http://www.eurekalert.org/pub_releases/2004-01/dumc-etm011304.phphttp://www.eurekalert.org/pub_releases/2004-01/plos-brd011204.phpFull text available at http://www.plosbiology.org/article/info:doi/10.1371/journal.pbio.0020037
A new German study provides evidence for what we all suspected — “sleeping on” a problem can really work. In the study, participants were given a mathematical puzzle to solve; a puzzle which could be solved by trial-by-trial learning, or almost immediately if participants grasped the hidden rule. After training in the trial-by-trial learning, some of the participants were allowed to sleep through the night, while others were prevented from sleeping. When they returned to the problem eight hours later, those that had slept were twice as likely to realize the rule. Another group that trained in the morning, and were then tested later that day, were also slower at finding the rule, suggesting that the slowness was not solely due to fatigue. Sleep did not, however, help participants who had not had the initial training. It is suggested that sleep can act to restructure new memory representations.
 Wagner, U., Gais S., Haider H., Verleger R., & Born J.
(2004). Sleep inspires insight.
Nature. 427(6972), 352 - 355.
Two new studies add to our understanding of the effects of sleep on memory. Both studies involved young adults and procedural (skill) learning, and found temporary declines in performance in particular contexts (a brief description of these studies is given here). On the basis of these studies, researchers identified three stages of memory processing: the first stage of memory — its stabilization — seems to take around six hours. During this period, the memory appears particularly vulnerable to being “lost”. The second stage of memory processing — consolidation — occurs during sleep. The third and final stage is the recall phase, when the memory is once again ready to be accessed and re-edited. (see my article on consolidation for more explanation of the processes of consolidation and re-consolidation). The surprising aspect to this is the time it appears to take for memories to initially stabilize. The studies also confirm the role of sleep in the consolidation process.
 Fenn, K. M., Nusbaum H. C., & Margoliash D.
(2003). Consolidation during sleep of perceptual learning of spoken language.
Nature. 425(6958), 614 - 616.
 Walker, M. P., Brakefield T., Allan Hobson J., & Stickgold R.
(2003). Dissociable stages of human memory consolidation and reconsolidation.
Nature. 425(6958), 616 - 620.
A study used fear conditioning in mice to investigate the effect of sleep deprivation on memory. The mice were given a mild electric shock either in a distinctive setting, or subsequent to a tone. Those who experienced the tone continued to freeze when they heard the tone on the following day, whether or not they had been deprived of sleep. Those who associated the environment with the shock, however, were less likely to freeze after sleep deprivation. Mice who had been deprived of sleep during the five hours following training, spent just 4% of their time frozen when returned to the ‘shock environment’ the following day, compared to 15% among mice who were allowed to sleep during this period. The five hours following training was a critical period – those who were deprived of sleep in the 5-10 hours after training showed no sign of memory impairment. The fact that the context association was affected but not the tone cue, suggests that sleep is affecting processes in the hippocampus (important in context memory but not memory for specific facts or events).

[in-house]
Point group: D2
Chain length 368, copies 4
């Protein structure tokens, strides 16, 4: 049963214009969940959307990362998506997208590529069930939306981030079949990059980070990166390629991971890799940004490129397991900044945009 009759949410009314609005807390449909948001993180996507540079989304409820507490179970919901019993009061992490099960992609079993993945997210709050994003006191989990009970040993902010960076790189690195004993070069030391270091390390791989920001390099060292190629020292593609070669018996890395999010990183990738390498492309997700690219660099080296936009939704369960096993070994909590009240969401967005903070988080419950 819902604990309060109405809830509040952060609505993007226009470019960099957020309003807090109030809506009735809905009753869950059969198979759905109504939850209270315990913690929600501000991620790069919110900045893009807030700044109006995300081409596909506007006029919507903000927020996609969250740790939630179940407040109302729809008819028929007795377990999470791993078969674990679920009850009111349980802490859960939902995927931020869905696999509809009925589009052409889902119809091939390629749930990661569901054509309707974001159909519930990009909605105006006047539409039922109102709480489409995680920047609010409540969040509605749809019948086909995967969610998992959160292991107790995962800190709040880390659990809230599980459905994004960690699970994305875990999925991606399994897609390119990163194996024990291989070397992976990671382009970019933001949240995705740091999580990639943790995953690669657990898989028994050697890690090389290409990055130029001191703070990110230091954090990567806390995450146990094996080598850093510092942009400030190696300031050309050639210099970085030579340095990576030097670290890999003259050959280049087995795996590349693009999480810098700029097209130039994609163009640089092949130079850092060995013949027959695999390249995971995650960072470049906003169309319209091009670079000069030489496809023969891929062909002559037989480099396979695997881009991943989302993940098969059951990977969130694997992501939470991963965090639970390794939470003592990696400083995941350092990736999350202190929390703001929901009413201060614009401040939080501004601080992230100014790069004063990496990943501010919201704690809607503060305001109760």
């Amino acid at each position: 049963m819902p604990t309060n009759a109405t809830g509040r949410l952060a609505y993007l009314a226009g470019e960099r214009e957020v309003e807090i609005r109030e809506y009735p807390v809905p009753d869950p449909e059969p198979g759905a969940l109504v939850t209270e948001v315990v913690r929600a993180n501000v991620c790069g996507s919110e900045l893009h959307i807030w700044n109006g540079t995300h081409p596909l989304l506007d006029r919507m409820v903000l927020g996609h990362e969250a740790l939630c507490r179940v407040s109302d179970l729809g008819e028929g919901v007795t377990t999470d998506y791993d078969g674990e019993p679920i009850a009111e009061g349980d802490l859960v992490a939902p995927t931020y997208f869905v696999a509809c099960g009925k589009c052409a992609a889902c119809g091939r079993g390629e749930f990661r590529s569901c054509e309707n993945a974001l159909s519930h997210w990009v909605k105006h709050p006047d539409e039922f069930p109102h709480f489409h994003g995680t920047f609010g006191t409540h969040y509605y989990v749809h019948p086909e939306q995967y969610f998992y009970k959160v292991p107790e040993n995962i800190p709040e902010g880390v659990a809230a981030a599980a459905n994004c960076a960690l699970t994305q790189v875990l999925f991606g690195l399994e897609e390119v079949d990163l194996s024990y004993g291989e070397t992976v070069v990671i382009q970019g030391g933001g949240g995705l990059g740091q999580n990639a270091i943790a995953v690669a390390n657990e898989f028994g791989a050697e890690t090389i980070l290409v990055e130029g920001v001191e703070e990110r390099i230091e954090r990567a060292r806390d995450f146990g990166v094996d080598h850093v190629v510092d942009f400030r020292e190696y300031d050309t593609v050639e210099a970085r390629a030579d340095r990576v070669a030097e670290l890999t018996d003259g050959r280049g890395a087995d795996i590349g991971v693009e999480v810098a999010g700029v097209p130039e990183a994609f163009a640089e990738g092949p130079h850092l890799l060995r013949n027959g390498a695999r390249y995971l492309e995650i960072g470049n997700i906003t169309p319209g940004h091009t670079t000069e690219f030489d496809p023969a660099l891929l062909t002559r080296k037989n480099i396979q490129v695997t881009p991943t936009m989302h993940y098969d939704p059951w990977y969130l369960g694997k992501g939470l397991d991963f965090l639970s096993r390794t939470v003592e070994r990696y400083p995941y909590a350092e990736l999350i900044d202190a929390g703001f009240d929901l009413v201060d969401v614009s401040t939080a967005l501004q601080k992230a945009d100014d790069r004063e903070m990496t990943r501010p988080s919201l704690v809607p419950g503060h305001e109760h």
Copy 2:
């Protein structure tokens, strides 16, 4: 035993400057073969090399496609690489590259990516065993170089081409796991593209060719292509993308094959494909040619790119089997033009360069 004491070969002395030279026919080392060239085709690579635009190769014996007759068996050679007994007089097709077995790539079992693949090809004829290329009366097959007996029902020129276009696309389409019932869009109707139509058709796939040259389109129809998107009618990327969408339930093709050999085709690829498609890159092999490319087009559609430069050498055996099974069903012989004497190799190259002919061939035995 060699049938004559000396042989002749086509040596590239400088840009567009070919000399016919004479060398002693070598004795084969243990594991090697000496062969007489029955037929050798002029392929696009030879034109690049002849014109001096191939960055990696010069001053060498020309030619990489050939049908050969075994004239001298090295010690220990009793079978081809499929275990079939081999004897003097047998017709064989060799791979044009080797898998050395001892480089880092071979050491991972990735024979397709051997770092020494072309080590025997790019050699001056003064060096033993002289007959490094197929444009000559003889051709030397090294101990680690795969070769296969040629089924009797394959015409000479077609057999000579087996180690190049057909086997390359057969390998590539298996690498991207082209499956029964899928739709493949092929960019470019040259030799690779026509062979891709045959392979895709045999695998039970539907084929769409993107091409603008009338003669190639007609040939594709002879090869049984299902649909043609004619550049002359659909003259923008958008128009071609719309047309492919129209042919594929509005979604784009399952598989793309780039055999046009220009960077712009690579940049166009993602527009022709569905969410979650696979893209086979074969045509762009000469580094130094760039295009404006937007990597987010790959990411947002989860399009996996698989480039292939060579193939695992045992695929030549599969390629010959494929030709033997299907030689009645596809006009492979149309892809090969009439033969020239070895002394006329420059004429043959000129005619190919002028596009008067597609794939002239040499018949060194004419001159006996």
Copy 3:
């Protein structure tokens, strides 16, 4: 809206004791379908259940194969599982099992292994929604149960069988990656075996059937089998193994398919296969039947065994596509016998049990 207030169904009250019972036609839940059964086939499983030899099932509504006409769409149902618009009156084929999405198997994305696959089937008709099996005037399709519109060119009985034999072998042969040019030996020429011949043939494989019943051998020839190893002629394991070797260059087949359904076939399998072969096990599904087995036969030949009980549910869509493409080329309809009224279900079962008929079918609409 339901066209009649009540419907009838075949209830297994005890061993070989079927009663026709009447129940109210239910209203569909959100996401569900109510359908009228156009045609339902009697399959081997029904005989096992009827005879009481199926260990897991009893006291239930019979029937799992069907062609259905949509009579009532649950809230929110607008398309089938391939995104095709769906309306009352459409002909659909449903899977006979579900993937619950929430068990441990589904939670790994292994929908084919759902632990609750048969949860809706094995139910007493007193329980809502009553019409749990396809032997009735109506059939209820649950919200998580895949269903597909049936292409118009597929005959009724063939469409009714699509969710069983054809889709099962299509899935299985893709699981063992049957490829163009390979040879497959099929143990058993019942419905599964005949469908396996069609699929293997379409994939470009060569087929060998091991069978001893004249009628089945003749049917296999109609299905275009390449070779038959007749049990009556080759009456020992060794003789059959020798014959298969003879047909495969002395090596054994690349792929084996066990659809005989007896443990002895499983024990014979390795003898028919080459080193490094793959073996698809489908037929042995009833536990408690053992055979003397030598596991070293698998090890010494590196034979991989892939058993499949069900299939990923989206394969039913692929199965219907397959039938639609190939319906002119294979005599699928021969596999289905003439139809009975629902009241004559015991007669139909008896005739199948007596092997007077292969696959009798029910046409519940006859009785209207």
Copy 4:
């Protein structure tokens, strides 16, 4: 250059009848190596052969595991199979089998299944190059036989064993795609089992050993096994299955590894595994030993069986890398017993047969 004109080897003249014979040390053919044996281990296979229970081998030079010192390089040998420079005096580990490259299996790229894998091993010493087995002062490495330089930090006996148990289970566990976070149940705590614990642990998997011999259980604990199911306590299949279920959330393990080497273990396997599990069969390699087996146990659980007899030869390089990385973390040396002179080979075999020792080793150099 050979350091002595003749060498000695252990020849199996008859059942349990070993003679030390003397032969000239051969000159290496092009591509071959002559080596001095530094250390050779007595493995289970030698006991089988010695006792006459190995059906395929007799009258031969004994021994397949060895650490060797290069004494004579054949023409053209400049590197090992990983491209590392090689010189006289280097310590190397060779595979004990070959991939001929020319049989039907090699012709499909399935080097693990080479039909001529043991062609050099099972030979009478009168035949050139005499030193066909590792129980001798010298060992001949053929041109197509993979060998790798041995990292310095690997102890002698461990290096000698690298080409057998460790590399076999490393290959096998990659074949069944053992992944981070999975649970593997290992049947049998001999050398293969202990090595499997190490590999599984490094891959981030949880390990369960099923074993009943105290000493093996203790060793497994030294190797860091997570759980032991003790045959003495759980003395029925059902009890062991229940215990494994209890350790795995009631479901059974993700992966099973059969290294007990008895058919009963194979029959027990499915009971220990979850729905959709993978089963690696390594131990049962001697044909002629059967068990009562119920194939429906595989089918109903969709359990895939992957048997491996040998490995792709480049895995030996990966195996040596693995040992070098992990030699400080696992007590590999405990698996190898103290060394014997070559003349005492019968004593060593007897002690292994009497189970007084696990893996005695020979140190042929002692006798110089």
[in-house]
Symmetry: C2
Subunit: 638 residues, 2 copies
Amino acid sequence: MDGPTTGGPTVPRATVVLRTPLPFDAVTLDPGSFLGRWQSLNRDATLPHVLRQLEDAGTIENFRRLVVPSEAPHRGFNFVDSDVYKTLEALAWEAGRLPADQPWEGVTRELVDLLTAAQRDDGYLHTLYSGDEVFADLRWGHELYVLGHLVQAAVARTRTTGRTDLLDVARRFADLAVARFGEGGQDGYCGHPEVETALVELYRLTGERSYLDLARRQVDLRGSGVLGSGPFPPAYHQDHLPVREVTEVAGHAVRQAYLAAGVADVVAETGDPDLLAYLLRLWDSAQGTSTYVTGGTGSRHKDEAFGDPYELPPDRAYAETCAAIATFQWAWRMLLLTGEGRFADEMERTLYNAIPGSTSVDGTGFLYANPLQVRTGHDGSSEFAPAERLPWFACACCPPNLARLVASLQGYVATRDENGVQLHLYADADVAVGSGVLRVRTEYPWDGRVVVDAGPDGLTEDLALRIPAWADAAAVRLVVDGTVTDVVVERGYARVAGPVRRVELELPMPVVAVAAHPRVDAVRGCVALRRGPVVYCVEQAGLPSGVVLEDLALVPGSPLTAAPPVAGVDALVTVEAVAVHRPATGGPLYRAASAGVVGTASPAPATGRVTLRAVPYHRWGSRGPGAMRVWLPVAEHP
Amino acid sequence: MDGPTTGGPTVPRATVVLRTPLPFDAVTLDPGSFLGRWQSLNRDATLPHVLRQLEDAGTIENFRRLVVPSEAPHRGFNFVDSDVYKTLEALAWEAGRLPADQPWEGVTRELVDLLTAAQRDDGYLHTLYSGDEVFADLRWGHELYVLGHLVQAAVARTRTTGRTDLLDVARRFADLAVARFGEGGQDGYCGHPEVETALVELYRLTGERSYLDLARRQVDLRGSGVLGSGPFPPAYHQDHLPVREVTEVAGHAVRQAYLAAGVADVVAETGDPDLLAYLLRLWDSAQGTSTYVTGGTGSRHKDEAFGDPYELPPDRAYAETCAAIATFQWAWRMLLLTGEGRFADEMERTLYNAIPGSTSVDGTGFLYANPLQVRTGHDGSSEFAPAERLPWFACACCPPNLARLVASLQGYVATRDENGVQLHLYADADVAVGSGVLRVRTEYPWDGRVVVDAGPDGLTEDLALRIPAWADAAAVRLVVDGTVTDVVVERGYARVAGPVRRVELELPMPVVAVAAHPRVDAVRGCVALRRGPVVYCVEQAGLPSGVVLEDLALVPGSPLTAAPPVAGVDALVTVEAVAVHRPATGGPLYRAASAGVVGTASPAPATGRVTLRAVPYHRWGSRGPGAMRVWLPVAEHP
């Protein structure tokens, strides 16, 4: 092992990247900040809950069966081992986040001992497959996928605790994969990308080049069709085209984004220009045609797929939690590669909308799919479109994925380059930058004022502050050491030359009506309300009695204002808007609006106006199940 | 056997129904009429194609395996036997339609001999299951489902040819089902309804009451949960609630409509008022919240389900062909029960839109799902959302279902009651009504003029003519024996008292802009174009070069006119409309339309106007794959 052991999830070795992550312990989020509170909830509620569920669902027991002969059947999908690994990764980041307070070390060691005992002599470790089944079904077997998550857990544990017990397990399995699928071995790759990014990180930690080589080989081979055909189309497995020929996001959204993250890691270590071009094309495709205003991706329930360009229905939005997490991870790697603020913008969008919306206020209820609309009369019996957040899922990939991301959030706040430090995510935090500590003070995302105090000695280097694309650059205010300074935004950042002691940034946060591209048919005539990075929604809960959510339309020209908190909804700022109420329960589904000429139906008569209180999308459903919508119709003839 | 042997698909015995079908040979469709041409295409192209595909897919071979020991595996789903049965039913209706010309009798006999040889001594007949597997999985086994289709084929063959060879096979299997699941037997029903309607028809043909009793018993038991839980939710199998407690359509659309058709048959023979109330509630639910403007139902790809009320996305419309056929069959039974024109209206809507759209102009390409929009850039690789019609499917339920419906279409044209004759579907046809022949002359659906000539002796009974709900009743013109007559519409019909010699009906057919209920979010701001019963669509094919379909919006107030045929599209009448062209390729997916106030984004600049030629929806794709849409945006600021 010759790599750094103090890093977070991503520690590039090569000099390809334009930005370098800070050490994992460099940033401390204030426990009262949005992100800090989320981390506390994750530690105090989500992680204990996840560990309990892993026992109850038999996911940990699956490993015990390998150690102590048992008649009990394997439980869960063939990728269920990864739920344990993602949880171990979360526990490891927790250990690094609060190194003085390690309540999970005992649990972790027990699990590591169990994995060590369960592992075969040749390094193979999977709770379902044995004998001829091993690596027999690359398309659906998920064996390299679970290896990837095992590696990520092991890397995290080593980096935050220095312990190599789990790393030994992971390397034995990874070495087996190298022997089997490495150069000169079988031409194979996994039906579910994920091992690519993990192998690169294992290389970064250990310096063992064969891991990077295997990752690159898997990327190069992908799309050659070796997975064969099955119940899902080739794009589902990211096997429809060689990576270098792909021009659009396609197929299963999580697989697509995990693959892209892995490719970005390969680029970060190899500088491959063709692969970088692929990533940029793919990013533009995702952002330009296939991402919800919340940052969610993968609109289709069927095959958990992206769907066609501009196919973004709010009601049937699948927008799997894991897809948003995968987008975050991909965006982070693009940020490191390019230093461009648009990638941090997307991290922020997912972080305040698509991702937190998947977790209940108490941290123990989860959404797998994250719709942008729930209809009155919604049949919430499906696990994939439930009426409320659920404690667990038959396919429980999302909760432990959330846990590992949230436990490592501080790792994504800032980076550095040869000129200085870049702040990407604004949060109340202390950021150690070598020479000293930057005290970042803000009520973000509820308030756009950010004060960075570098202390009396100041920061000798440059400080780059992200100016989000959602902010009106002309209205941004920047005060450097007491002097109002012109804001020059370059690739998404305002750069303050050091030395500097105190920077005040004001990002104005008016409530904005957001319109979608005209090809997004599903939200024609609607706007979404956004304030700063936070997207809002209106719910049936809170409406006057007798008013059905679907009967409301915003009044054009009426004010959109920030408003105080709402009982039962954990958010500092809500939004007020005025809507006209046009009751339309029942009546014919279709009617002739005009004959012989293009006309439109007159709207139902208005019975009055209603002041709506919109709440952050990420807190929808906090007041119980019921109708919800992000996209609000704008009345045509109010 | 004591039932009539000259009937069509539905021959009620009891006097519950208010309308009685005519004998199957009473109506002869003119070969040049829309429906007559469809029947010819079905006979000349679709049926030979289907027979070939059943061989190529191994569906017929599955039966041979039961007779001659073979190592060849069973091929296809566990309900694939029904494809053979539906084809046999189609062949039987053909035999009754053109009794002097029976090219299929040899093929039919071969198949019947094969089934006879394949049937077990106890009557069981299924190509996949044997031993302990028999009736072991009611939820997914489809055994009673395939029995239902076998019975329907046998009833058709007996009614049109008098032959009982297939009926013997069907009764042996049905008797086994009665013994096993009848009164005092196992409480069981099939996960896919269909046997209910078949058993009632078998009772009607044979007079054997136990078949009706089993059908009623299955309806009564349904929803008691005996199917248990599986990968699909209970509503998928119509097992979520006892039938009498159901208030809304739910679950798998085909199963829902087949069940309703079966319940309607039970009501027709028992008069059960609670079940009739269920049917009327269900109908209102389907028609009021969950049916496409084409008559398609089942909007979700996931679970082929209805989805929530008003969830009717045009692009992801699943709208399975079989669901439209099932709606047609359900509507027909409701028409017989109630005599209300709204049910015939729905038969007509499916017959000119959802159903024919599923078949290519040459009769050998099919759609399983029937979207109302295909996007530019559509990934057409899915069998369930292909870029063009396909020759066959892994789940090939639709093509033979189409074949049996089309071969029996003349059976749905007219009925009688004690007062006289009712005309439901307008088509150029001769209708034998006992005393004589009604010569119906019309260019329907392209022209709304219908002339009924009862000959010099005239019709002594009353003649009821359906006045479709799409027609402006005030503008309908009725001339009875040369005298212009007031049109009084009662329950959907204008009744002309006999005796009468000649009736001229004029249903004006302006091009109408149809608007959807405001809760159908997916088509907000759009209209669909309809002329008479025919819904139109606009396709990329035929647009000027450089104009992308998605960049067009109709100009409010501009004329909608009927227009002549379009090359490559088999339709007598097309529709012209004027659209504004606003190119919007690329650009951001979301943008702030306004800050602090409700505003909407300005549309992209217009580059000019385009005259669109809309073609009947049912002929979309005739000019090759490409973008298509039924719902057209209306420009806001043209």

Graves, L. A.
(2003). Sleep Deprivation Selectively Impairs Memory Consolidation for Contextual Fear Conditioning.
Learning & Memory. 10(3), 168 - 176.
The value of sleep for memory takes a further step in being understood in new rodent research, which found that, as the rodents slept, the thalamus at the base of their brains originated bursts of electrical activity (“sleep spindles”), which were then detected in the somatosensory neocortex. Some 50 msec later, the hippocampus responded with a pulse of electricity (a “ripple”). "This neocortical-hippocampal dialogue may provide a selection mechanism for the time-compressed replay of information learned during the day." It’s suggested that the ripple is the hippocampus sending back neat, compact waves of memory to the neocortex where they are filed away for future reference. Most of this activity took place during slow wave sleep, the stage which makes up the majority of the sleep cycle.
 Wirth, S., Yanike M., Frank L. M., Smith A. C., Brown E. N., & Suzuki W. A.
(2003). Single Neurons in the Monkey Hippocampus and Learning of New Associations.
Science. 300(5625), 1578 - 1581.
Evidence is mounting that sleep helps information processing and learning. A new study has showed that subjects performing a visual task (reporting the horizontal or vertical orientation of three diagonal bars against a background of horizontal bars in the corner of a computer screen) got worse over the course of four daily practice sessions. However, allowing subjects a 30-minute nap after the second session prevented any further deterioration, and a 1-hour nap actually boosted performance in the third and fourth sessions back to morning levels. It appears that the fatigue is limited to the brain visual system circuits involved in the task. When the image was switched to a different right corner of the computer screen on the fourth practice session, subjects performed about as well as they did in the first session -- or after a short nap. Recordings of brain activity reveal that the 1-hour naps contained more than four times as much deep, or slow wave sleep and rapid eye movement (REM) sleep than the half-hour naps.